House progressives, conservatives team up to call on Congress not to reauthorize FISA

Rep. Jayapal says the "privacy of Americans should be of the utmost importance to our government, and yet, we have seen too many examples of unchecked, warrantless surveillance of Americans." The impact of current FISA practices on Americans' civil liberties has been criticised by both sides of the aisle.
Rep. Pramila Jayapal (D-WA)

House progressives and conservatives are teaming up to call on Congress not to reauthorize the Foreign Intelligence Surveillance Act (FISA), which expires in one month, by tying it to the defense spending bill. 

Reps. Pramila Jayapal (D-Wash.), chair of the Congressional Progressive Caucus, Warren Davidson (R-Ohio), Zoe Lofgren (D-Calif.), and Andy Biggs (R-Ariz.), former chairman of the conservative House Freedom Caucus, sent a letter to House Speaker Mike Johnson, House Democratic Leader Hakeem Jeffries, Senate Majority Leader Chuck Schumer and Senate Republican Leader Mitch McConnell on Wednesday that was signed by more than 50 lawmakers from both parties.

The group of lawmakers support reforming FISA as a standalone bill that would end warrantless surveillance under section 702. 

“The intelligence community is attacking our Fourth Amendment privacy rights. Rogue actors continue to abuse FISA Section 702 to improperly spy on American citizens, and it is far past time for the practice to come to an end. The Fourth Amendment guarantees Americans a reasonable expectation of privacy, and the government should never be given the opportunity to skirt the supreme Law of the Land," Biggs said in a statement.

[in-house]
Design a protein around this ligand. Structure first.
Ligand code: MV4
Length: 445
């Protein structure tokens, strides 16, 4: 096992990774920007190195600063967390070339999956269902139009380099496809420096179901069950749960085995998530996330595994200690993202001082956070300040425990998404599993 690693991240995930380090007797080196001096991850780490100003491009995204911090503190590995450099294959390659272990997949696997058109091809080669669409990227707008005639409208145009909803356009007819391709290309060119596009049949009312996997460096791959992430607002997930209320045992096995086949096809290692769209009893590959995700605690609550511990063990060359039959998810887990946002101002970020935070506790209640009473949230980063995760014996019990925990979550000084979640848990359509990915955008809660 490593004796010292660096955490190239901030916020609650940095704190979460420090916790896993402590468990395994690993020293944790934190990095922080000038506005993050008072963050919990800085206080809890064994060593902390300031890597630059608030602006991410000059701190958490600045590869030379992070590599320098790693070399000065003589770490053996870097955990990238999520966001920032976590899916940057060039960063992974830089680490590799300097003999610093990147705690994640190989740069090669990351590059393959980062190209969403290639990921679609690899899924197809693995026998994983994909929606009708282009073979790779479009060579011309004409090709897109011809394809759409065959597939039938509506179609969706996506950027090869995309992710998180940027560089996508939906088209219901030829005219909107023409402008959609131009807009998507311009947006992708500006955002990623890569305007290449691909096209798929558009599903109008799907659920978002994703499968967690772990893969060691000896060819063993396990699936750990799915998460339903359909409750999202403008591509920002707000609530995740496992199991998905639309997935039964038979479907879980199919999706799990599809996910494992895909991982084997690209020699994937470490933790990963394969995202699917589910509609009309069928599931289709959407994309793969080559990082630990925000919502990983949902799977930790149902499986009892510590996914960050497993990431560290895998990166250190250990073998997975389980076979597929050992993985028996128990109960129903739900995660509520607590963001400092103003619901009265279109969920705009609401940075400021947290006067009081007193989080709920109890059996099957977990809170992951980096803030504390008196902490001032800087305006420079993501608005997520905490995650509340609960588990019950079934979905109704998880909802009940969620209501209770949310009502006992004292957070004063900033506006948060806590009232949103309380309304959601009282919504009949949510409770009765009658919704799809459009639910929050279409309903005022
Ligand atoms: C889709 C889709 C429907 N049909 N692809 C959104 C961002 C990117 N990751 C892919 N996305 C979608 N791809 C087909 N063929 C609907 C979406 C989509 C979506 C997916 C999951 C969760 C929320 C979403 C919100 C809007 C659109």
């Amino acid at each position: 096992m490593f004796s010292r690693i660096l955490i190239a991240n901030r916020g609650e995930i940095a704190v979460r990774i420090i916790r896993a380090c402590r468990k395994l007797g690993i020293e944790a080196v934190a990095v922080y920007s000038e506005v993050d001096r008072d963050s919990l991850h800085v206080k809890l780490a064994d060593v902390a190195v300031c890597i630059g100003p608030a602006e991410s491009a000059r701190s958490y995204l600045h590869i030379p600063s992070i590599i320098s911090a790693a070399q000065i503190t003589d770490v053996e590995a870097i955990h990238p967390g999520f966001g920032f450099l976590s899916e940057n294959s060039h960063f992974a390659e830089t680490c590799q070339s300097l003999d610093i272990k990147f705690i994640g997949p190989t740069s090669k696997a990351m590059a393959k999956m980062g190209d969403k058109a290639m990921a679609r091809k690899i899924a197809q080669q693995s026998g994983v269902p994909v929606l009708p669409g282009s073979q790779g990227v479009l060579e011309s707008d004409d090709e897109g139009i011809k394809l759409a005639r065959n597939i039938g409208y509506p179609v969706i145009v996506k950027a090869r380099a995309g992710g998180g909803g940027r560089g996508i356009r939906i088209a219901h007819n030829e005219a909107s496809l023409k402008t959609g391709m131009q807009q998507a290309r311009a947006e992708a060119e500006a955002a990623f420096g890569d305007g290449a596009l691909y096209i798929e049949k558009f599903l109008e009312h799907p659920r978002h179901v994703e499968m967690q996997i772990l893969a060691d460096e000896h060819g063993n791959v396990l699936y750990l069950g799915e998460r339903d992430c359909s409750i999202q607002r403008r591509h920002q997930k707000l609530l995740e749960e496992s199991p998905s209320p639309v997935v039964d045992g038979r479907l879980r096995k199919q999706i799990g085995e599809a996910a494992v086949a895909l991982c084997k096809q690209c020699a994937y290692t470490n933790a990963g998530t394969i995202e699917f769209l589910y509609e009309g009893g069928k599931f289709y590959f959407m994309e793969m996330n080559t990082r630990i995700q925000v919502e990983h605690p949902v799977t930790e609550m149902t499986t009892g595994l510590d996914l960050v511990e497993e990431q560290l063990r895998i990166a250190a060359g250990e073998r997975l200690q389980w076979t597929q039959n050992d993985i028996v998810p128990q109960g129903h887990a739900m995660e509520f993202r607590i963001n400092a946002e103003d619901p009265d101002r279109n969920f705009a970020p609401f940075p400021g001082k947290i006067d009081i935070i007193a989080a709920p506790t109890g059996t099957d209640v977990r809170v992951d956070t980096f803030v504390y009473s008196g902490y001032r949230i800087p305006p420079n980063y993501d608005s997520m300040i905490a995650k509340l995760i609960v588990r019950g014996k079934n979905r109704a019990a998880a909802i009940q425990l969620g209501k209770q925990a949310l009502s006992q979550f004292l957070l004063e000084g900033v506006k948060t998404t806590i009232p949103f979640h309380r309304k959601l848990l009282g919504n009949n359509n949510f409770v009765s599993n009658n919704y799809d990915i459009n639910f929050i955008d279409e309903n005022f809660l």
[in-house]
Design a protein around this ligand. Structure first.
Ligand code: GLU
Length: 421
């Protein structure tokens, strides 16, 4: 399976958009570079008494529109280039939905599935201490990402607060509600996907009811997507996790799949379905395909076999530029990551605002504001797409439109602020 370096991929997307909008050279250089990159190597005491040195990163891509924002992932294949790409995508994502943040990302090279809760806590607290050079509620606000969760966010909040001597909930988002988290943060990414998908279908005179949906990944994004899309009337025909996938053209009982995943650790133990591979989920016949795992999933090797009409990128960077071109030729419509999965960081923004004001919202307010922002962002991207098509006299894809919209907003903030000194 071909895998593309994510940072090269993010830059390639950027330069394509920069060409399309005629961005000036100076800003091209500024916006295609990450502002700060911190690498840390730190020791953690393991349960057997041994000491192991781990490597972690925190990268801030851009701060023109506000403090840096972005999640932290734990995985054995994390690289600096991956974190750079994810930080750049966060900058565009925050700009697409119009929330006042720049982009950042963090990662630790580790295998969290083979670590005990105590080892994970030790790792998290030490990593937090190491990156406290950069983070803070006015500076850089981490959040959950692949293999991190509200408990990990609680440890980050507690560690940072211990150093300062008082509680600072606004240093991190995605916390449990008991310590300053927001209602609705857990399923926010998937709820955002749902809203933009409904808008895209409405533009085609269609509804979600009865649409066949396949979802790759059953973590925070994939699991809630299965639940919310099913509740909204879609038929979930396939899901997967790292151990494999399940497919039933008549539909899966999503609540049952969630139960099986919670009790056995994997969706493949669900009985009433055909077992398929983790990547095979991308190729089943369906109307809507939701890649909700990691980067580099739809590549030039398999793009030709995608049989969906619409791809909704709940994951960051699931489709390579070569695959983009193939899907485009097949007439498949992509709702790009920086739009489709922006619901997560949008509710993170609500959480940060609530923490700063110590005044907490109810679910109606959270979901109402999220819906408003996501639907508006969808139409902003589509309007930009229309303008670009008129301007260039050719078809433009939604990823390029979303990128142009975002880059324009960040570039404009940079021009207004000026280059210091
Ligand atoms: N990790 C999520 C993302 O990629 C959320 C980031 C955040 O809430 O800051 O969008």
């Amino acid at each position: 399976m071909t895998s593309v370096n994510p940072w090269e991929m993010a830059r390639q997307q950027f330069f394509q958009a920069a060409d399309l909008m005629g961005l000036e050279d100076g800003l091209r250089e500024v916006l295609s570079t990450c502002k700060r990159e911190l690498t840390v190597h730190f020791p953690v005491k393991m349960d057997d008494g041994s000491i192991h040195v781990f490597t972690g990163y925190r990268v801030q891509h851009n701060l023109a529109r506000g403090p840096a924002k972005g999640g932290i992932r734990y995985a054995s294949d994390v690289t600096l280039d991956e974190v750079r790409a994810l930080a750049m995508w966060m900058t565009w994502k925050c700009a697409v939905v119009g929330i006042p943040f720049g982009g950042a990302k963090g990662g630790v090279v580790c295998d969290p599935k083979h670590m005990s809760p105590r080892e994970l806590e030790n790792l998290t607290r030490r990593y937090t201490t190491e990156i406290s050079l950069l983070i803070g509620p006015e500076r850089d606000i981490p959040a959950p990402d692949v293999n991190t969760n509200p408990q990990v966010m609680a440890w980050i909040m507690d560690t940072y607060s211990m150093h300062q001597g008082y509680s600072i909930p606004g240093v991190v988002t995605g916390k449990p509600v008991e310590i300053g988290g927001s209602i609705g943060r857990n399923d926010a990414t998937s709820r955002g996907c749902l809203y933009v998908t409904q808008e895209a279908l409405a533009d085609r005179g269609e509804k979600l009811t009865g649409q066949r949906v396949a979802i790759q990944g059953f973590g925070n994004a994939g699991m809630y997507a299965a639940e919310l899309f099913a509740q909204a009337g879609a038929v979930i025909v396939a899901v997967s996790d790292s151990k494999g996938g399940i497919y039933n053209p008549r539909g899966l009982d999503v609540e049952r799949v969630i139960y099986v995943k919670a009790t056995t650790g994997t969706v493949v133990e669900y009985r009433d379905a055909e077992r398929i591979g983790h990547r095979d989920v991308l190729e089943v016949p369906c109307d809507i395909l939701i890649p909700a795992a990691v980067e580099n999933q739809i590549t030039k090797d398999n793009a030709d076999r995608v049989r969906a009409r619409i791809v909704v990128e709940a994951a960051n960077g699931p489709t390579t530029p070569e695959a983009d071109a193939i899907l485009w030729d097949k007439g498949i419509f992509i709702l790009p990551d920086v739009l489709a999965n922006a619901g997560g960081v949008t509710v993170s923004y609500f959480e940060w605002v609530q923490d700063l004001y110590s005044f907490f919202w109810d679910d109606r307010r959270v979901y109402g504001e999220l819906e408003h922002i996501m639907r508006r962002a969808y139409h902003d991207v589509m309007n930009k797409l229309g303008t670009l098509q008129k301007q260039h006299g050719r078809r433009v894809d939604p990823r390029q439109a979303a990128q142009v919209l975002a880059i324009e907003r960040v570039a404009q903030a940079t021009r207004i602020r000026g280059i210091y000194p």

"Reauthorization of this spying authority cannot be tied to a massive piece of ‘must-pass’ legislation like the NDAA. This would be an affront to the American people—who have voiced their strong disapproval of Section 702—and to the integrity of the legislative process. The Judiciary Committee is on the cusp of marking up a standalone FISA reform bill and I urge my colleagues to support its reforms. I am thankful for Rep. Davidson and Rep. Lofgren’s leadership on this important issue," Biggs added.

Jayapal said that the "privacy of Americans should be of the utmost importance to our government, and yet, we have seen too many examples of unchecked, warrantless surveillance of Americans." 

She said a FISA overhaul is "necessary to protect Americans’ Fourth Amendment rights and their sensitive, personal data. Section 702 reauthorization should be subject to strong scrutiny and debate and cannot be included in larger, must-pass legislation." She called on Congress to "stop the government from warrantlessly spying on Americans.”

Sen. Mark Warner, D-Va., chairman of the Senate Intelligence Committee, and Sen. Marco Rubio, R-Fla., vice chair of the committee, introduced a bill on Tuesday to reform FISA but it would not require the Federal Bureau of Investigation to obtain a warrant before searching the National Security Agency's database for Americans' emails or phone records. 

In early November, a bipartisan group of lawmakers proposed the Government Surveillance Reform Act of 2023, which would require the FBI to obtain a warrant, among other reforms.

“The FBI wants Congress to reauthorize FISA 702 without requiring a warrant to spy on Americans,”wrote Rep. Mike Lee, R-Utah, on X. “The FBI’s part of the problem. The FBI *is* the problem. Congress must pass the Government Surveillance Reform Act.”